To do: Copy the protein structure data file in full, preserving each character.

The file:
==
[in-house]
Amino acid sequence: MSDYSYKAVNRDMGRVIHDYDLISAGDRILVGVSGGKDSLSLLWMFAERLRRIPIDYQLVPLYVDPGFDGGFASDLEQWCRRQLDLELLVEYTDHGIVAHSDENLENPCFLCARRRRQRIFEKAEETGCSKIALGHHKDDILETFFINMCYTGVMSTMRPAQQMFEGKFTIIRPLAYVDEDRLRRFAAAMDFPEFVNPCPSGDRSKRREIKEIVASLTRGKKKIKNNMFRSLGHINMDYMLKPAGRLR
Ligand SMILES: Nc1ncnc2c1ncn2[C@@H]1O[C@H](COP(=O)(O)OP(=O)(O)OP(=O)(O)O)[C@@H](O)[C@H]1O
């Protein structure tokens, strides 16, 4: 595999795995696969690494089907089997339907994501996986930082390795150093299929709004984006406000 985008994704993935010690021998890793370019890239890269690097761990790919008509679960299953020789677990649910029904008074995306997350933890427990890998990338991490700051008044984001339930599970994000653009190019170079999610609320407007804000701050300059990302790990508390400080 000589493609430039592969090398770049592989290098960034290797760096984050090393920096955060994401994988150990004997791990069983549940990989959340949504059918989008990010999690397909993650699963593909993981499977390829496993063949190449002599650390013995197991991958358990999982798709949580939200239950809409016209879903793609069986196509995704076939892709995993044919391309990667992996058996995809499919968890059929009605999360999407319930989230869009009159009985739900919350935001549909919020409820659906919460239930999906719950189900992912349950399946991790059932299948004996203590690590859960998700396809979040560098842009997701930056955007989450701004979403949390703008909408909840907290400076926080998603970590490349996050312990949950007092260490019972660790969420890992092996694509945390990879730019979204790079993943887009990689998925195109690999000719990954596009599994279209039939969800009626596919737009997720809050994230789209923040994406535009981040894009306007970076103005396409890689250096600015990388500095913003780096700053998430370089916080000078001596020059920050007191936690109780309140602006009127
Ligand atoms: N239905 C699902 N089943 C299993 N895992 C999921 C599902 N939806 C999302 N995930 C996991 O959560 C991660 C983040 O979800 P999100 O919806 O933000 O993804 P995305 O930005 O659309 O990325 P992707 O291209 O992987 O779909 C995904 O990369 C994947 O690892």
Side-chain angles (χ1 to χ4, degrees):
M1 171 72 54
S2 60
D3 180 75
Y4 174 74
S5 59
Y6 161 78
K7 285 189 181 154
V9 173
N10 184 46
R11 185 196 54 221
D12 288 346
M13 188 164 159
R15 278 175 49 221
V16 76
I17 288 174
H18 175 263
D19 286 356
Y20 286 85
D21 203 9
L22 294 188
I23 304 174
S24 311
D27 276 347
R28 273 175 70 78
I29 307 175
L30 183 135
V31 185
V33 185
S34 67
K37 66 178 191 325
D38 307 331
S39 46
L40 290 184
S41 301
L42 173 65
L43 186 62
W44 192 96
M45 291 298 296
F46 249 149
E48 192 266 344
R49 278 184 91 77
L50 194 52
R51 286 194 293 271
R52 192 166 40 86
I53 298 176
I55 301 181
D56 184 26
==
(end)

[in-house]
Amino acid sequence: MSDYSYKAVNRDMGRVIHDYDLISAGDRILVGVSGGKDSLSLLWMFAERLRRIPIDYQLVPLYVDPGFDGGFASDLEQWCRRQLDLELLVEYTDHGIVAHSDENLENPCFLCARRRRQRIFEKAEETGCSKIALGHHKDDILETFFINMCYTGVMSTMRPAQQMFEGKFTIIRPLAYVDEDRLRRFAAAMDFPEFVNPCPSGDRSKRREIKEIVASLTRGKKKIKNNMFRSLGHINMDYMLKPAGRLR
Ligand SMILES: Nc1ncnc2c1ncn2[C@@H]1O[C@H](COP(=O)(O)OP(=O)(O)OP(=O)(O)O)[C@@H](O)[C@H]1O
């Protein structure tokens, strides 16, 4: 595999795995696969690494089907089997339907994501996986930082390795150093299929709004984006406000 985008994704993935010690021998890793370019890239890269690097761990790919008509679960299953020789677990649910029904008074995306997350933890427990890998990338991490700051008044984001339930599970994000653009190019170079999610609320407007804000701050300059990302790990508390400080 000589493609430039592969090398770049592989290098960034290797760096984050090393920096955060994401994988150990004997791990069983549940990989959340949504059918989008990010999690397909993650699963593909993981499977390829496993063949190449002599650390013995197991991958358990999982798709949580939200239950809409016209879903793609069986196509995704076939892709995993044919391309990667992996058996995809499919968890059929009605999360999407319930989230869009009159009985739900919350935001549909919020409820659906919460239930999906719950189900992912349950399946991790059932299948004996203590690590859960998700396809979040560098842009997701930056955007989450701004979403949390703008909408909840907290400076926080998603970590490349996050312990949950007092260490019972660790969420890992092996694509945390990879730019979204790079993943887009990689998925195109690999000719990954596009599994279209039939969800009626596919737009997720809050994230789209923040994406535009981040894009306007970076103005396409890689250096600015990388500095913003780096700053998430370089916080000078001596020059920050007191936690109780309140602006009127
Ligand atoms: N239905 C699902 N089943 C299993 N895992 C999921 C599902 N939806 C999302 N995930 C996991 O959560 C991660 C983040 O979800 P999100 O919806 O933000 O993804 P995305 O930005 O659309 O990325 P992707 O291209 O992987 O779909 C995904 O990369 C994947 O690892």
Side-chain angles (χ1 to χ4, degrees):
M1 171 72 54
S2 60
D3 180 75
Y4 174 74
S5 59
Y6 161 78
K7 285 189 181 154
V9 173
N10 184 46
R11 185 196 54 221
D12 288 346
M13 188 164 159
R15 278 175 49 221
V16 76
I17 288 174
H18 175 263
D19 286 356
Y20 286 85
D21 203 9
L22 294 188
I23 304 174
S24 311
D27 276 347
R28 273 175 70 78
I29 307 175
L30 183 135
V31 185
V33 185
S34 67
K37 66 178 191 325
D38 307 331
S39 46
L40 290 184
S41 301
L42 173 65
L43 186 62
W44 192 96
M45 291 298 296
F46 249 149
E48 192 266 344
R49 278 184 91 77
L50 194 52
R51 286 194 293 271
R52 192 166 40 86
I53 298 176
I55 301 181
D56 184 26